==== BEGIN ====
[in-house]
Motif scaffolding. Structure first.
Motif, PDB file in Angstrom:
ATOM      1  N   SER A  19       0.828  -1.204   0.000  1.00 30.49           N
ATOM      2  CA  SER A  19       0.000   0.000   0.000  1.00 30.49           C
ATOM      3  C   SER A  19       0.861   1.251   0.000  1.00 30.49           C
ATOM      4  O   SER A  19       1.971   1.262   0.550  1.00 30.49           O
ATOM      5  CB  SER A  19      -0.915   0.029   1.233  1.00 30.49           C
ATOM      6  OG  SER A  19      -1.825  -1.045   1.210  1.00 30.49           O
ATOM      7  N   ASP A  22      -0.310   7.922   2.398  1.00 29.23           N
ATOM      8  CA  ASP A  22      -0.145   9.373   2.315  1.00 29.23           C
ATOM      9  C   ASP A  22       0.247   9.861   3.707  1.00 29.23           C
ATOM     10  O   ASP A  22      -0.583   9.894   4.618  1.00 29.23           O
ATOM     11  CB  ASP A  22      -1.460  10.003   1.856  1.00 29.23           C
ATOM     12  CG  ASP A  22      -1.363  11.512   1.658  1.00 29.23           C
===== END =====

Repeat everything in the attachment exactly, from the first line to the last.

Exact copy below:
[in-house]
Motif scaffolding. Structure first.
Motif, PDB file in Angstrom:
ATOM      1  N   SER A  19       0.828  -1.204   0.000  1.00 30.49           N
ATOM      2  CA  SER A  19       0.000   0.000   0.000  1.00 30.49           C
ATOM      3  C   SER A  19       0.861   1.251   0.000  1.00 30.49           C
ATOM      4  O   SER A  19       1.971   1.262   0.550  1.00 30.49           O
ATOM      5  CB  SER A  19      -0.915   0.029   1.233  1.00 30.49           C
ATOM      6  OG  SER A  19      -1.825  -1.045   1.210  1.00 30.49           O
ATOM      7  N   ASP A  22      -0.310   7.922   2.398  1.00 29.23           N
ATOM      8  CA  ASP A  22      -0.145   9.373   2.315  1.00 29.23           C
ATOM      9  C   ASP A  22       0.247   9.861   3.707  1.00 29.23           C
ATOM     10  O   ASP A  22      -0.583   9.894   4.618  1.00 29.23           O
ATOM     11  CB  ASP A  22      -1.460  10.003   1.856  1.00 29.23           C
ATOM     12  CG  ASP A  22      -1.363  11.512   1.658  1.00 29.23           C